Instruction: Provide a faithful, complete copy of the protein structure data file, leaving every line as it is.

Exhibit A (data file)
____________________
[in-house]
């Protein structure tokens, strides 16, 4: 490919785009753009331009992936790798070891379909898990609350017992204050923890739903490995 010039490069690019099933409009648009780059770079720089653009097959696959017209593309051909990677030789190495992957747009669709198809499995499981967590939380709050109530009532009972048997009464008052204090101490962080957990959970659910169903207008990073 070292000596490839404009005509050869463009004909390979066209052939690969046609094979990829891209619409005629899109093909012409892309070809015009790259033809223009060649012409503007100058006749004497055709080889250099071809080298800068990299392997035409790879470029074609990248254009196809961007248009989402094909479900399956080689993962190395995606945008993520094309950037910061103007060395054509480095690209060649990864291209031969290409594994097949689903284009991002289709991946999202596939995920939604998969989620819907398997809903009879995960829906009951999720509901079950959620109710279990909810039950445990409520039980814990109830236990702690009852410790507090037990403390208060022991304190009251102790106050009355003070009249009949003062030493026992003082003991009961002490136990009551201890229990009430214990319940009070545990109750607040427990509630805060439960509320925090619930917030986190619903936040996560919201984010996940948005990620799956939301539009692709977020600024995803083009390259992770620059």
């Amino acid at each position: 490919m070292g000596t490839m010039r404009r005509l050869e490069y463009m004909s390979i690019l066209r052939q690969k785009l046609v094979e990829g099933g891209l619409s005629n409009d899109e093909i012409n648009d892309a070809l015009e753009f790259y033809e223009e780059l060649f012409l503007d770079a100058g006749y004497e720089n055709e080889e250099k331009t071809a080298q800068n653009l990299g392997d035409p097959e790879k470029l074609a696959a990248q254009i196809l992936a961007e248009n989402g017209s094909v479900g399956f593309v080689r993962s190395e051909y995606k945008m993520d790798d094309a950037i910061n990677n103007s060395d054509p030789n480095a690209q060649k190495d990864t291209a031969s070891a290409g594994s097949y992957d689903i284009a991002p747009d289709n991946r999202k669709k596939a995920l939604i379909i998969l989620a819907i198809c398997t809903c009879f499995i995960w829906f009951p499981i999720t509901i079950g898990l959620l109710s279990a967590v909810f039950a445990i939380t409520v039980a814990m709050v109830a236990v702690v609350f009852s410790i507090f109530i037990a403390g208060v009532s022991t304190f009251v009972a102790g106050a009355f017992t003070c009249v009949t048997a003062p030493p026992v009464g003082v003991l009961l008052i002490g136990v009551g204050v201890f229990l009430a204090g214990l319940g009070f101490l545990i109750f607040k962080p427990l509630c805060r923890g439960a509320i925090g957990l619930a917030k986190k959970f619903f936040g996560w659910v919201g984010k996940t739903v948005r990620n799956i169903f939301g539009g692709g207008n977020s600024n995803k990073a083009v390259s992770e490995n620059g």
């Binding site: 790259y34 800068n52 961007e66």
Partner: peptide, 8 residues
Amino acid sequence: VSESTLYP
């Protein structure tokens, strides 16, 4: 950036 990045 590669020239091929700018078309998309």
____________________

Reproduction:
[in-house]
């Protein structure tokens, strides 16, 4: 490919785009753009331009992936790798070891379909898990609350017992204050923890739903490995 010039490069690019099933409009648009780059770079720089653009097959696959017209593309051909990677030789190495992957747009669709198809499995499981967590939380709050109530009532009972048997009464008052204090101490962080957990959970659910169903207008990073 070292000596490839404009005509050869463009004909390979066209052939690969046609094979990829891209619409005629899109093909012409892309070809015009790259033809223009060649012409503007100058006749004497055709080889250099071809080298800068990299392997035409790879470029074609990248254009196809961007248009989402094909479900399956080689993962190395995606945008993520094309950037910061103007060395054509480095690209060649990864291209031969290409594994097949689903284009991002289709991946999202596939995920939604998969989620819907398997809903009879995960829906009951999720509901079950959620109710279990909810039950445990409520039980814990109830236990702690009852410790507090037990403390208060022991304190009251102790106050009355003070009249009949003062030493026992003082003991009961002490136990009551201890229990009430214990319940009070545990109750607040427990509630805060439960509320925090619930917030986190619903936040996560919201984010996940948005990620799956939301539009692709977020600024995803083009390259992770620059």
């Amino acid at each position: 490919m070292g000596t490839m010039r404009r005509l050869e490069y463009m004909s390979i690019l066209r052939q690969k785009l046609v094979e990829g099933g891209l619409s005629n409009d899109e093909i012409n648009d892309a070809l015009e753009f790259y033809e223009e780059l060649f012409l503007d770079a100058g006749y004497e720089n055709e080889e250099k331009t071809a080298q800068n653009l990299g392997d035409p097959e790879k470029l074609a696959a990248q254009i196809l992936a961007e248009n989402g017209s094909v479900g399956f593309v080689r993962s190395e051909y995606k945008m993520d790798d094309a950037i910061n990677n103007s060395d054509p030789n480095a690209q060649k190495d990864t291209a031969s070891a290409g594994s097949y992957d689903i284009a991002p747009d289709n991946r999202k669709k596939a995920l939604i379909i998969l989620a819907i198809c398997t809903c009879f499995i995960w829906f009951p499981i999720t509901i079950g898990l959620l109710s279990a967590v909810f039950a445990i939380t409520v039980a814990m709050v109830a236990v702690v609350f009852s410790i507090f109530i037990a403390g208060v009532s022991t304190f009251v009972a102790g106050a009355f017992t003070c009249v009949t048997a003062p030493p026992v009464g003082v003991l009961l008052i002490g136990v009551g204050v201890f229990l009430a204090g214990l319940g009070f101490l545990i109750f607040k962080p427990l509630c805060r923890g439960a509320i925090g957990l619930a917030k986190k959970f619903f936040g996560w659910v919201g984010k996940t739903v948005r990620n799956i169903f939301g539009g692709g207008n977020s600024n995803k990073a083009v390259s992770e490995n620059g």
């Binding site: 790259y34 800068n52 961007e66």
Partner: peptide, 8 residues
Amino acid sequence: VSESTLYP
């Protein structure tokens, strides 16, 4: 950036 990045 590669020239091929700018078309998309």